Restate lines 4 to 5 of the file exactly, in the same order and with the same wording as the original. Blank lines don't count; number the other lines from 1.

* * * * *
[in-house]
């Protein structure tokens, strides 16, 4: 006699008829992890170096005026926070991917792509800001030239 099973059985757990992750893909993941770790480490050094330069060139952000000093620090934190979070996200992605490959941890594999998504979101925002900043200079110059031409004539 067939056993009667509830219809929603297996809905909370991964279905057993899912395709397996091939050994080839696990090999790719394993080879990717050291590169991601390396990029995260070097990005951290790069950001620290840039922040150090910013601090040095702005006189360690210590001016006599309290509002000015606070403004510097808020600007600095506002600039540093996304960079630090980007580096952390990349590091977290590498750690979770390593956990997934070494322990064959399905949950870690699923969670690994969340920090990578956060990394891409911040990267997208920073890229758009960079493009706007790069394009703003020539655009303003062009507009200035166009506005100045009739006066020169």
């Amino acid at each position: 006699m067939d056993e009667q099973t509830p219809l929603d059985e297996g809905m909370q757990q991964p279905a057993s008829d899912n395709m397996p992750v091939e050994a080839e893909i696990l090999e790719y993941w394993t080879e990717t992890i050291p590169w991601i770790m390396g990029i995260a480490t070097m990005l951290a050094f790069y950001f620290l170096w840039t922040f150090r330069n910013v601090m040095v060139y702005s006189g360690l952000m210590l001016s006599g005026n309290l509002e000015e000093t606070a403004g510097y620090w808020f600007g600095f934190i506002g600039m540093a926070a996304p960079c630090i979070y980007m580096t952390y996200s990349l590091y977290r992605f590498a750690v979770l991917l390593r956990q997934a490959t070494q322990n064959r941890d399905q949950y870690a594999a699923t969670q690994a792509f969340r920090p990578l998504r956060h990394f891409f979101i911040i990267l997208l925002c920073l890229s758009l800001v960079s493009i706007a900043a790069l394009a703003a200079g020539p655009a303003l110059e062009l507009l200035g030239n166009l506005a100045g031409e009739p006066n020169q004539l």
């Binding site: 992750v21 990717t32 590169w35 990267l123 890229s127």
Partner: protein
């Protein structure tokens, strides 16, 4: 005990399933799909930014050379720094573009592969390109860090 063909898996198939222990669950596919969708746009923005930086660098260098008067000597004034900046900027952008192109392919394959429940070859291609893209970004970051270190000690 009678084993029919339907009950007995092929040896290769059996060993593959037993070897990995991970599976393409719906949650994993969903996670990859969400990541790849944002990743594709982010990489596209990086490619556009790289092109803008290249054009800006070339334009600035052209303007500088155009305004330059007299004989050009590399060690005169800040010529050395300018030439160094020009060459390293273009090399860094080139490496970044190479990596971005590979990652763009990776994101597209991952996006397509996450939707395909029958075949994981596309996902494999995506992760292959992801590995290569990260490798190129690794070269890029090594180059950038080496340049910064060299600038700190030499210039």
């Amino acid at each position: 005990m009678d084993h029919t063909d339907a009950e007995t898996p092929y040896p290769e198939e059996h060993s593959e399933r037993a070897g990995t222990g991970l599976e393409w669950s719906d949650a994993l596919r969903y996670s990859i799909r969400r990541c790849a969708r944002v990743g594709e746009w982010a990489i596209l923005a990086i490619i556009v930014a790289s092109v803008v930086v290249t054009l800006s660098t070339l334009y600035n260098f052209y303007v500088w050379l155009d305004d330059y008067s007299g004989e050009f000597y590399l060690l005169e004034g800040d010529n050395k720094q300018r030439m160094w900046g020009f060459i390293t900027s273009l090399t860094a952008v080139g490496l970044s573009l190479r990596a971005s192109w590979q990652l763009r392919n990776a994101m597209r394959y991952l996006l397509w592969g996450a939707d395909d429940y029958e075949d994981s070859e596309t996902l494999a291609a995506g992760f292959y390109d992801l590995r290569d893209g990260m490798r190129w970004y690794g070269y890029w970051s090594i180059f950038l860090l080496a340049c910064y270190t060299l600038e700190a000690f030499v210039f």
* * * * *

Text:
């Binding site: 992750v21 990717t32 590169w35 990267l123 890229s127």
Partner: protein